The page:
Sunday, June 26, 2016

The Hawai'i That Was: Pu'u O'o, the Volcano We Couldn't See

The Pu'u O'o cone from above Hilo
Disclaimer: This is NOT happening right now! These pictures are from 2009.

Pu'u O'o is the invisible volcano on the Big Island. It's been the center of eruptive activity for much of the last thirty years, but there are very few easily accessible localities from which it can be seen. One pretty much has to fly over it to see anything at all.

We are continuing a journey to understand the Hawai'i That Was, seeking to understand the islands as they were before European contact, and before Polynesians arrived a thousand years earlier. Understanding the islands requires an understanding of volcanism. The islands exist only because of lava, and in observing active eruptions we see the origins of each of the Hawaiian islands.
Getting closer to the Pu'u O'o cone. Notice the lack of surface flows of lava. It's almost all beneath the surface in lava tubes.
There is a huge unknown involved with every journey to the islands. The volcanoes refuse to follow a schedule, and feel no need to be convenient to the itineraries of visitors. It's true that Kilauea has been erupting continuously now for more than thirty years, so there is a fair chance that the eruption will continue for the foreseeable future. Then again, the eruption could end tomorrow. There's just no way to know. So, one plans for the possibility, but leaves a lot of alternate activities if lavas aren't visible anywhere.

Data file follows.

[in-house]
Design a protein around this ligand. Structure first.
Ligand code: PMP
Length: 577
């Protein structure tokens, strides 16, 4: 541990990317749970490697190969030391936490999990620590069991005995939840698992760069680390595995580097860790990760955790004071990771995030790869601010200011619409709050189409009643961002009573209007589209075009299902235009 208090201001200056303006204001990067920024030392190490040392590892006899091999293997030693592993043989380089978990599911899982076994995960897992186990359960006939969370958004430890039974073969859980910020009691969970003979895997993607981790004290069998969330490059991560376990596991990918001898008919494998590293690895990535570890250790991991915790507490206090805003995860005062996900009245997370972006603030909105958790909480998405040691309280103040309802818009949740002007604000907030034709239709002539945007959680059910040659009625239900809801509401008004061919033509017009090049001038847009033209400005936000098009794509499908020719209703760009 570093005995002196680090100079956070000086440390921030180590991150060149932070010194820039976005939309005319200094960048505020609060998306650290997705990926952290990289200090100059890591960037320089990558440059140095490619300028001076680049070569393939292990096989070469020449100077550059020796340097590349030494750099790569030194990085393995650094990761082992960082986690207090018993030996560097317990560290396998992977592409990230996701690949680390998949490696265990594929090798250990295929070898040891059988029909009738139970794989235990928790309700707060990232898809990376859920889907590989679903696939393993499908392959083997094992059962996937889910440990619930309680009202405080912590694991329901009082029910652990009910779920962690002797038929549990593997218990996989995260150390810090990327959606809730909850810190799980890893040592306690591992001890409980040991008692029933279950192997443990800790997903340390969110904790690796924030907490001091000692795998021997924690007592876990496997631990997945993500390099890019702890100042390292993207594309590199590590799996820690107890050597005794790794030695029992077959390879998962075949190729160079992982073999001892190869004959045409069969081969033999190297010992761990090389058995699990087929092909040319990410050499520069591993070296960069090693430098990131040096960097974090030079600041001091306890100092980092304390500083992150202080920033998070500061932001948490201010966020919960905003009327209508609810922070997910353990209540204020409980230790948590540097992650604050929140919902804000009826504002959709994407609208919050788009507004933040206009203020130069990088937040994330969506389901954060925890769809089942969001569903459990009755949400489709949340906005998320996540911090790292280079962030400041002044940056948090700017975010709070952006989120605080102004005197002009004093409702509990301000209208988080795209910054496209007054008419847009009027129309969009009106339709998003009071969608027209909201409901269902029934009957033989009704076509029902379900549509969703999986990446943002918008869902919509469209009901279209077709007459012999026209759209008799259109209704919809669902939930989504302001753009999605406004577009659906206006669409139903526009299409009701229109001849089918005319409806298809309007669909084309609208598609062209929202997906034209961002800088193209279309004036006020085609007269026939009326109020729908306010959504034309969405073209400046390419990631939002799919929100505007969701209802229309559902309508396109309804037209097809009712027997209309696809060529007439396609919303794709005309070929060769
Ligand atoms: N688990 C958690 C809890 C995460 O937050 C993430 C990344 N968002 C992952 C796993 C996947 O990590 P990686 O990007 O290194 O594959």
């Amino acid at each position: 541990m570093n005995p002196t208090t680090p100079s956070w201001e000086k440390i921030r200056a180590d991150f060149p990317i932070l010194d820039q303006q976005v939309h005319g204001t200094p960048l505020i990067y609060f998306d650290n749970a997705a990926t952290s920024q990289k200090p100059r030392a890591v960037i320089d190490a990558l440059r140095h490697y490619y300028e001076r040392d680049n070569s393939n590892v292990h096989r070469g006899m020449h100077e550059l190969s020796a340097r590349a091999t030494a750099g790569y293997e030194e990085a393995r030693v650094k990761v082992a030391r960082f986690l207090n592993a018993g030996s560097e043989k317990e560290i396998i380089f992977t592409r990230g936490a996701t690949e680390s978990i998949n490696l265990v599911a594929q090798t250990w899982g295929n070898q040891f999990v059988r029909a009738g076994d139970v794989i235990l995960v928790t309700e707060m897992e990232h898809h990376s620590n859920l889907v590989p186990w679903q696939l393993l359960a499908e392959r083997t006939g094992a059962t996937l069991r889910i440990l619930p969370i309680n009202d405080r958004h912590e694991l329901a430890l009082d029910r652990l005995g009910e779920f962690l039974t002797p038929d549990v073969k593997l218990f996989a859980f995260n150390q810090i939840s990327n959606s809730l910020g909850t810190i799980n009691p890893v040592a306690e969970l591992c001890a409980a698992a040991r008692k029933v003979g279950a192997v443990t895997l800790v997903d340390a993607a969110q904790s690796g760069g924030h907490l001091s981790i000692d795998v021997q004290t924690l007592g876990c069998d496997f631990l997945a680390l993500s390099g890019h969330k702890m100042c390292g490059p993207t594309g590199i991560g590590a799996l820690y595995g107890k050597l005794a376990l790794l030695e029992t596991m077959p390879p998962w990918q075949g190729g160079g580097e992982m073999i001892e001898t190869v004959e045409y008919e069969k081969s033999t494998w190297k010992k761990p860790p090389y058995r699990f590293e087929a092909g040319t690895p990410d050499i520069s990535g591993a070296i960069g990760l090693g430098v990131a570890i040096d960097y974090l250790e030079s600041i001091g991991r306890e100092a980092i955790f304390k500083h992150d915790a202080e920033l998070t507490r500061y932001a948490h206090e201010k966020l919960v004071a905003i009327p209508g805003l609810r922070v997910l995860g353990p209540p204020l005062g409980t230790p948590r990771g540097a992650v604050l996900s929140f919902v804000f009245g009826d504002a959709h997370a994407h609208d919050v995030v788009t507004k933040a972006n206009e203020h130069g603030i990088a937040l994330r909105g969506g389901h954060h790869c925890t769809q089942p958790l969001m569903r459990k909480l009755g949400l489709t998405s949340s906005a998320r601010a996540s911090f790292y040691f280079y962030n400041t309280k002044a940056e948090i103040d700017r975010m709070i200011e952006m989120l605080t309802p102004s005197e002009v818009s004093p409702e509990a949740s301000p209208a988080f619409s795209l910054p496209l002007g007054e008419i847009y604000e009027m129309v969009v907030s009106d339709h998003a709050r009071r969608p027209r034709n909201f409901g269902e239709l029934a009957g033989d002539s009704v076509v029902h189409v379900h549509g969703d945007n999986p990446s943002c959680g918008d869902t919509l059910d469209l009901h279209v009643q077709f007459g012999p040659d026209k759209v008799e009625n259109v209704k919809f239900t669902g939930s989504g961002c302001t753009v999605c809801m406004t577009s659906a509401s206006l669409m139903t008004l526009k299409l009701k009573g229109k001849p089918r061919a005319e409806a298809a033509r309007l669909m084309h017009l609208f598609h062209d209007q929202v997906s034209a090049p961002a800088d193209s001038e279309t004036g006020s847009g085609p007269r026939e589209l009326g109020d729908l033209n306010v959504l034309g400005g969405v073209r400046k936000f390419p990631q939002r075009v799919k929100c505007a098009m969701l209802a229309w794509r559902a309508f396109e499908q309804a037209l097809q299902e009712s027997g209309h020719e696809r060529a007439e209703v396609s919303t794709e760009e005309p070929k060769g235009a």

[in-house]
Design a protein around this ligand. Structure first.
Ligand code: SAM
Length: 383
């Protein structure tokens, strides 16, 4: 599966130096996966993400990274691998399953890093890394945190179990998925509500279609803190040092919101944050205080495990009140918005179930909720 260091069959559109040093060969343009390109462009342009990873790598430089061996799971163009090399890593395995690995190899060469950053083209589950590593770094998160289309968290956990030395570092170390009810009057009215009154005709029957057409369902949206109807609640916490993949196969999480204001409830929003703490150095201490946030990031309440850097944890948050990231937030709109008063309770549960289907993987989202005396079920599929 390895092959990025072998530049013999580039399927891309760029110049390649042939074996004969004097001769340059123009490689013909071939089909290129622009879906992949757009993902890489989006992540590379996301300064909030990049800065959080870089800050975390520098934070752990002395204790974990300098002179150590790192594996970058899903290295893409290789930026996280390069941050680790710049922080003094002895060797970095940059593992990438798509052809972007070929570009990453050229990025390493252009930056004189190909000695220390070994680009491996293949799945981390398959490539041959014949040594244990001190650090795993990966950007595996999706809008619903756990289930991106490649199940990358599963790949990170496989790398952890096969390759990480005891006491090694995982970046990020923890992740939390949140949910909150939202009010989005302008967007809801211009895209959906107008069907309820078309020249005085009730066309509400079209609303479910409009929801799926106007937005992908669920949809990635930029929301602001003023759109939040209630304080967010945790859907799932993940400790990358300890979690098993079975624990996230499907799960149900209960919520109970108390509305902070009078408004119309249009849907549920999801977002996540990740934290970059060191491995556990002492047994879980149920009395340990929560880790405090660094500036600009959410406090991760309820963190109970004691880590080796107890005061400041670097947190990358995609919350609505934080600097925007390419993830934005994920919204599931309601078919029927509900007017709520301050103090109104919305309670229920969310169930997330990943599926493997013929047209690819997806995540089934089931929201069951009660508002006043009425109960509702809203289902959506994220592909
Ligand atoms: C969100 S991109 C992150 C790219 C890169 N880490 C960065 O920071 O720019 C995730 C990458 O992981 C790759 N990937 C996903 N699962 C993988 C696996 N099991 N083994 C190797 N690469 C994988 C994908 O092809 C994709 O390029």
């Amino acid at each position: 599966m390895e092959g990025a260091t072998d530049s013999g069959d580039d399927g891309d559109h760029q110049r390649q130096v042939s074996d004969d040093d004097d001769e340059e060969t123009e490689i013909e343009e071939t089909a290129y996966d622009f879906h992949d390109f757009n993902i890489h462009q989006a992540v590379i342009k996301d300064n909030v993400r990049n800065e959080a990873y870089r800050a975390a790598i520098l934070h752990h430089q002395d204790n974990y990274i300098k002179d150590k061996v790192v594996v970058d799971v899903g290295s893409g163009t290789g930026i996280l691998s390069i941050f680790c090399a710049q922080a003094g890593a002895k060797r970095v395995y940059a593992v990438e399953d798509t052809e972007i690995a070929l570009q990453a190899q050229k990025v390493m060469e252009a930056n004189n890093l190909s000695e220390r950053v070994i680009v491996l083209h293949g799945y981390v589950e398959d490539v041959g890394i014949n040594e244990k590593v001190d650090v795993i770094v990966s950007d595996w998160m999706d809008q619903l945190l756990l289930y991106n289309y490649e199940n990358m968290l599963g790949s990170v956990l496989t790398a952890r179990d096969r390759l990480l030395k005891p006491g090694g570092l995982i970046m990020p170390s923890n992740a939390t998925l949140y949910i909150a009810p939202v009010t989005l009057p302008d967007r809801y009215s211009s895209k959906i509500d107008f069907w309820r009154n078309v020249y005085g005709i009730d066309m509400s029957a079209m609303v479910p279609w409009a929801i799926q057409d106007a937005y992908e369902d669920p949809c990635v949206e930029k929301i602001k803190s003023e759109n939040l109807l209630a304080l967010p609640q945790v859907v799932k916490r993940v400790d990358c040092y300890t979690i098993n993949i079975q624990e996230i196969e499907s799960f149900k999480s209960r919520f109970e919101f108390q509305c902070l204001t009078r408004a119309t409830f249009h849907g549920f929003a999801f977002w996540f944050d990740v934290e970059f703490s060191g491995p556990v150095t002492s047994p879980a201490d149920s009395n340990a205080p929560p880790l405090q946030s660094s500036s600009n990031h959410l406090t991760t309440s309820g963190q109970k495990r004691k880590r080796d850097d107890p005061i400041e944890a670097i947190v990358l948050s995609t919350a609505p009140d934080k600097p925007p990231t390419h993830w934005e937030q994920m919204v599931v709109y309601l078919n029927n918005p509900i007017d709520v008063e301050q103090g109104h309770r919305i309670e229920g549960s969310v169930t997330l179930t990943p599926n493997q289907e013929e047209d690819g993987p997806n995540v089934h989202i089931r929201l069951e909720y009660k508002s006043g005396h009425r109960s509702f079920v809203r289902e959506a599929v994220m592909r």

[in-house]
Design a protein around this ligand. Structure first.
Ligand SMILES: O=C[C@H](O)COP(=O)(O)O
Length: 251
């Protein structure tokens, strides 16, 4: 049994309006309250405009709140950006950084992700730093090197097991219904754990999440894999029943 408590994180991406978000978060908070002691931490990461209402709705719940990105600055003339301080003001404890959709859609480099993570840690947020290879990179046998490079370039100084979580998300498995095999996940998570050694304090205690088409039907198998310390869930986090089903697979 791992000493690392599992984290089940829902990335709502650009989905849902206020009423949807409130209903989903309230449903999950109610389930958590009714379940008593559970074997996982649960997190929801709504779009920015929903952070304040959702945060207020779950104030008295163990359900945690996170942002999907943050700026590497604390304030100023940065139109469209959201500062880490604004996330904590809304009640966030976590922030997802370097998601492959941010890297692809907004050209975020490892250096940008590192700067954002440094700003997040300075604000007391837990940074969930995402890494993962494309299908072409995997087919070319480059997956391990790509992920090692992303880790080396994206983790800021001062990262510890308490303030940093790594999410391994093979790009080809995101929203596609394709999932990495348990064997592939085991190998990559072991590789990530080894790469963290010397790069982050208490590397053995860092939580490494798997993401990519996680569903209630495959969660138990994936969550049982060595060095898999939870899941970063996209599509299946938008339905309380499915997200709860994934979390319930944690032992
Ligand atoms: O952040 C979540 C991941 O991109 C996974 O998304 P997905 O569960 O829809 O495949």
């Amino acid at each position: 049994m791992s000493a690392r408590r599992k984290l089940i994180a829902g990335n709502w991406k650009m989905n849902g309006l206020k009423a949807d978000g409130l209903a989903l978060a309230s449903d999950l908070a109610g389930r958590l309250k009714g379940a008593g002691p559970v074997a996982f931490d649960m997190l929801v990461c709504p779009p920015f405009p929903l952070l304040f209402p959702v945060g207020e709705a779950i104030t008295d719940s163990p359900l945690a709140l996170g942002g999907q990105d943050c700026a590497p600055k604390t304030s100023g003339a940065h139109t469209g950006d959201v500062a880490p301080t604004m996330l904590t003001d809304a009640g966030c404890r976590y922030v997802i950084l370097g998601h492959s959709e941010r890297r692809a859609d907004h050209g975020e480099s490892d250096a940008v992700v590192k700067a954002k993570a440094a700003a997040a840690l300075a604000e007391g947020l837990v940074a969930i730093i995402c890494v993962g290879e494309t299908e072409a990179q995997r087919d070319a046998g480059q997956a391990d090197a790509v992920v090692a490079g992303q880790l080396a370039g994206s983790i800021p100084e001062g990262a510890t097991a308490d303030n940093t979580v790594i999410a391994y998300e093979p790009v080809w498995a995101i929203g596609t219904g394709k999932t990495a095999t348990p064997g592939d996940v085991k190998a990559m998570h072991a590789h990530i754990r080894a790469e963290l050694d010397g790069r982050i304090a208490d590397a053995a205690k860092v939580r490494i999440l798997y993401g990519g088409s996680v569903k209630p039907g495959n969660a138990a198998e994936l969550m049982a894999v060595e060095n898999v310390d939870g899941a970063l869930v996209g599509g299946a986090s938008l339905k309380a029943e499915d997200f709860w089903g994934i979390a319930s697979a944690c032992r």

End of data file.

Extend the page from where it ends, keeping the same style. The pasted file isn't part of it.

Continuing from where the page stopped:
The location of the lava tube system was obvious. Every so often the roof of the tube would collapse, forming a skylight that emitted steam and other gases.
Kilauea is the sole volcano erupting on the island right now, although Mauna Loa is showing a few hints of possible activity. The lavas are exposed at two localities, at Halemaumau in the Kilauea Caldera (see the previous post), and at the cone of Pu'u O'o on the east rift zone about ten miles away. During the many months that we were planning the trip, Pu'u O'o was pretty much just simmering with no active lava flows since 2014, when the town of Pahoa in the Puna District was briefly threatened (damage was thankfully limited).
So we had a hard decision to make: do we bust the budget on a helicopter flight in hopes of seeing lava flows, though there have been none for more than a year, or do we make other arrangements? We opted to make other choices, which was good because we arrived on the islands during a wet spell, and we probably would have seen little through the rain clouds, although a small lava flow started a week before we arrived. It's now three miles long and approaching the coastal pali (look here for a recent video), but we've been home for nearly two weeks. We just plain missed it.
Looking into the crater of Pu'u O'o, source of the lava flows
The situation was different in 2009, the last time we held a class on the islands. Pu'u O'o had been very active for more than a year, with a broad "delta" and lava tube system feeding basalt into the ocean. We opted for the helicopter flight and were richly rewarded. For one reason or another, I've never collected these pictures together in a blog post.
A rootless shield on the Pu'u O'o lava flow.